We walked for a few minutes until we came to a bamboo barrier lying across the path that was obviously made by him. There was a sign on the post in neat Korean. He pointed to it and pronounced, "This says that this place is not for just anyone. But you're not just anyone," and lifted up the barrier for me to pass. A few more minutes and we came to a small building, which looked like an organized sculpture of the trees and orange clay of its immediate environs. There were tree posts supporting it, a curved, tiled roof, and a large wooden deck. "I built this with three other monks. I had a very difficult time," he said, laughing. "Let's meditate." He offered me the only mat on the porch and we both sat down, cross-legged, and stared out into a vast, unspoiled mountain vista. West. Again, my meditation was deep and peaceful. My eyes were open. What is this spirit inside me? I thought. That seems to be the six-million dollar question, here. Again, I became very still. I stared at a tree in the distance. It was different than those surrounding it. It was a lone dark-green tree in an ocean of lightly colored spring-green trees. I felt like that tree was me.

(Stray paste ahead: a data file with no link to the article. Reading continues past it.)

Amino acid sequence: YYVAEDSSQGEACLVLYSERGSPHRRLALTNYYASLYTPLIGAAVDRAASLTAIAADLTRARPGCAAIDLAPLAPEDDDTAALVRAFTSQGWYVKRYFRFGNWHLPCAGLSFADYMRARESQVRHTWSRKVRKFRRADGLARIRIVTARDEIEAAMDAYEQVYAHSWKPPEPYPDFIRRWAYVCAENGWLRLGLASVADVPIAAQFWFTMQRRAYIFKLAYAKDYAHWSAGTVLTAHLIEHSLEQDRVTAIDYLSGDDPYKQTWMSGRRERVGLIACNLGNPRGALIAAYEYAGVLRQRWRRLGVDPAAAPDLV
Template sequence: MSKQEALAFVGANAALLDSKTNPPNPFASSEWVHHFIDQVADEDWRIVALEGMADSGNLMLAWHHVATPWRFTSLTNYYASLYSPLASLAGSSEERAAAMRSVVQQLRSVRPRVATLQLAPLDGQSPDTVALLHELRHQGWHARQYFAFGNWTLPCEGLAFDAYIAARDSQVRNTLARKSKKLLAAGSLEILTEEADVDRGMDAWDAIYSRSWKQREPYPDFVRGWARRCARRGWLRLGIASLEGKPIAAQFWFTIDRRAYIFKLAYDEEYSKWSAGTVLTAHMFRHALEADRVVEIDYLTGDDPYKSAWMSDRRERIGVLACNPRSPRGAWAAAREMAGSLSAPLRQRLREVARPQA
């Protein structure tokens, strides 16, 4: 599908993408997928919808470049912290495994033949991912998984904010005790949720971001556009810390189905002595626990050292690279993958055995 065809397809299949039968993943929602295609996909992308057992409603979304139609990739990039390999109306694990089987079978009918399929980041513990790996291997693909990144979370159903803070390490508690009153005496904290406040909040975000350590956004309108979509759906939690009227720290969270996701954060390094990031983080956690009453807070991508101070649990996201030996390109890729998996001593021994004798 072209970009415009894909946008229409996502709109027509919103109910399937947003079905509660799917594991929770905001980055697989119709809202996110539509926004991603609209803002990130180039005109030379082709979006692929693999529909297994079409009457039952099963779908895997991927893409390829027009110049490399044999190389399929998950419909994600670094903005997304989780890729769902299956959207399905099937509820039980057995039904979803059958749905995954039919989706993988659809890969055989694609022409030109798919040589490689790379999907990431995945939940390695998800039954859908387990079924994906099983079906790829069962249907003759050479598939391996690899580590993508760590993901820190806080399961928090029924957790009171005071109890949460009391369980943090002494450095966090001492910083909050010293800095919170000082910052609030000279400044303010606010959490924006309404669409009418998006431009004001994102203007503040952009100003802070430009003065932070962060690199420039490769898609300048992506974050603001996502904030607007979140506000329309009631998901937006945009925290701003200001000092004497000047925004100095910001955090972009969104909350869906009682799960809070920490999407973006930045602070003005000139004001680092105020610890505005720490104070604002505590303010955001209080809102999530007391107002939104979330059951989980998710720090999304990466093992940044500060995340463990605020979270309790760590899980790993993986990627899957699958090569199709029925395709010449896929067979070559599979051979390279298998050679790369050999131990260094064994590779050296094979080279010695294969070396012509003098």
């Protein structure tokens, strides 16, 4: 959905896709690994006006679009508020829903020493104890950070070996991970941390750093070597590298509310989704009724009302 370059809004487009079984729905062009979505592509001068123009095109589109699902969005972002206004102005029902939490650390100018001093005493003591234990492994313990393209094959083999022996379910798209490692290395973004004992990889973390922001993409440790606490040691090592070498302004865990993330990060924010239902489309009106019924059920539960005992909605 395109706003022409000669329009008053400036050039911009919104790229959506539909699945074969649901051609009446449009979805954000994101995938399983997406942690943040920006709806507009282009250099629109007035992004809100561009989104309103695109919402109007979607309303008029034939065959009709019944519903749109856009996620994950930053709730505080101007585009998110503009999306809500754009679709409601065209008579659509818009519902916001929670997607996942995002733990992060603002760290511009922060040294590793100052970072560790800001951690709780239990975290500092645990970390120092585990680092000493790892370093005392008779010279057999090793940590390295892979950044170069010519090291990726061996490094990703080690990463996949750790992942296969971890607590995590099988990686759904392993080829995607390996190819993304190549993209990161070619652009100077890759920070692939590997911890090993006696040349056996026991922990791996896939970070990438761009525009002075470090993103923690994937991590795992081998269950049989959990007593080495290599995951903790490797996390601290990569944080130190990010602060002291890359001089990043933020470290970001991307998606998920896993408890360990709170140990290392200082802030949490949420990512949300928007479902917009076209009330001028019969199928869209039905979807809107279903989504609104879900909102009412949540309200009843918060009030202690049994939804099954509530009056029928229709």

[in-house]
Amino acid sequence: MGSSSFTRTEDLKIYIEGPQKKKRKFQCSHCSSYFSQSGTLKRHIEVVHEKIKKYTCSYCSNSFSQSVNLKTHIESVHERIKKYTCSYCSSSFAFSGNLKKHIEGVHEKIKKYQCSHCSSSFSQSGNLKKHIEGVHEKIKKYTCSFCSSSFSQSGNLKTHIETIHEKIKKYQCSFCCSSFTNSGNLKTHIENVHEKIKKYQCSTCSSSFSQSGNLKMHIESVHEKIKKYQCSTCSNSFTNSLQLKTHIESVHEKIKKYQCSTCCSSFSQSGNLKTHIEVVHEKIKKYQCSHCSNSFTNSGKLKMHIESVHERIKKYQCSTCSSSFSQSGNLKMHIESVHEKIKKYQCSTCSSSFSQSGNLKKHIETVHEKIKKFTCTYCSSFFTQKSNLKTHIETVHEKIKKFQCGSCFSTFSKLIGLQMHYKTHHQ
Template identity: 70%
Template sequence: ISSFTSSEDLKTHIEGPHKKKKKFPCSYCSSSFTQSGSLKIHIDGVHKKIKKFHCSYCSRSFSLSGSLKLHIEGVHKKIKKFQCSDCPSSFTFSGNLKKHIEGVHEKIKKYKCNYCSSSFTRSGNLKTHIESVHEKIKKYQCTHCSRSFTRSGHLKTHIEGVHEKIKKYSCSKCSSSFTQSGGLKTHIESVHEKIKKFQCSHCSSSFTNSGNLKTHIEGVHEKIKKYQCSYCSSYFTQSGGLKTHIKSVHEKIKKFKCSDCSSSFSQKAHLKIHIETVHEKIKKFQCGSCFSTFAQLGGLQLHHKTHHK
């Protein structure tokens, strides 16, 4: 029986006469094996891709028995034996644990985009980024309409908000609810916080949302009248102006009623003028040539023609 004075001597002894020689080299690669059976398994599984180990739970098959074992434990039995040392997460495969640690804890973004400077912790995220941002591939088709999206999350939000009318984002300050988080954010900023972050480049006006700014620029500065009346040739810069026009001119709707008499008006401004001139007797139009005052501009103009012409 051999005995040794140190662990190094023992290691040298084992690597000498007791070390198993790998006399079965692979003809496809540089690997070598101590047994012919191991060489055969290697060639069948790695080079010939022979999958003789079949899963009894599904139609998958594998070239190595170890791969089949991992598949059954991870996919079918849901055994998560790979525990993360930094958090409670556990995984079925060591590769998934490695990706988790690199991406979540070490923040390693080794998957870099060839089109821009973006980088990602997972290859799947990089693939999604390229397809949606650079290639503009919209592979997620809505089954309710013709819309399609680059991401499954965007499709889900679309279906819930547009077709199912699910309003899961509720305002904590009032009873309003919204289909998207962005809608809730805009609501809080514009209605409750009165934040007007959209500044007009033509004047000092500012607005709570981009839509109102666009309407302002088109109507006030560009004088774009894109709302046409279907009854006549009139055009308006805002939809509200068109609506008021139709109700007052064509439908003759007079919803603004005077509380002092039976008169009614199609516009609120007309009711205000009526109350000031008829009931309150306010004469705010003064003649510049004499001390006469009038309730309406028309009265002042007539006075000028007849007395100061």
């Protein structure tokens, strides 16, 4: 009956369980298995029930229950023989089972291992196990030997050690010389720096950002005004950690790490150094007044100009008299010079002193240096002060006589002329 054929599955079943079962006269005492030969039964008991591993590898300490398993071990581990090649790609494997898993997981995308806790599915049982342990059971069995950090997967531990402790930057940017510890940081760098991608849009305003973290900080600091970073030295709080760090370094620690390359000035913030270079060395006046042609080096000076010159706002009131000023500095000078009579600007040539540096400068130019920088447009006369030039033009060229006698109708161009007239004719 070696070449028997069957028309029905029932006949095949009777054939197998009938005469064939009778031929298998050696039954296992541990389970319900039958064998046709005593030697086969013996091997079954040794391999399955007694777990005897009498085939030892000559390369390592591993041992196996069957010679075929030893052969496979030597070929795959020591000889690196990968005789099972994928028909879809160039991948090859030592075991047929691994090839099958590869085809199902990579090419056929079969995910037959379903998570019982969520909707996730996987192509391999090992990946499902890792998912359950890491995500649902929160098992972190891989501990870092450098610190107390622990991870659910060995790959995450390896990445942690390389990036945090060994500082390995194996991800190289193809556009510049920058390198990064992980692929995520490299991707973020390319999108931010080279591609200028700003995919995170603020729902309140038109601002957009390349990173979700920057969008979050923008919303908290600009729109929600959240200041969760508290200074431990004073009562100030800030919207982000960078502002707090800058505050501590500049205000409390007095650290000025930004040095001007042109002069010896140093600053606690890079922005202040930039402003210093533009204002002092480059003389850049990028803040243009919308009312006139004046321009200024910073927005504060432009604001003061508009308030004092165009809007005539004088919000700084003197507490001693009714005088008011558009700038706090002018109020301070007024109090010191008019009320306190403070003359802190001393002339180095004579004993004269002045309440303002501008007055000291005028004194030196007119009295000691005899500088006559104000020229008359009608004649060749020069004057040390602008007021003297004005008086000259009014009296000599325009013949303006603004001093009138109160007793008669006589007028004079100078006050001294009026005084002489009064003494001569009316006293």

After 20 minutes, Tog-hyun said, "Do you hear the wind blowing through the pines? There's an old Zen poem that says, 'What is the price of the wind blowing through the pines?' So I ask you. . ." (Damn! here comes another question!) ". . .what is the price of the wind through the pines?" I rattled off some light-weight answer like, "The wind, the trees, they are part of us all, part of our soul. Our soul is priceless- "You don't understand me, do you?" he interrupted gently. "I don't understand," I said. "You studied English in the university, and you don't understand?" he kindly goaded me. "Stop thinking about it. You can't use theories to answer the question. You can't use language. You must doubt. You must continually ask the question (Who am I?) and one day you will learn. It will take three days of constant meditation. Even while you are resting, your mind must be pondering the question of the price of the wind through the trees. Someday you will know. Let the blade of doubt cut through the blackness of the mind. Let's go back."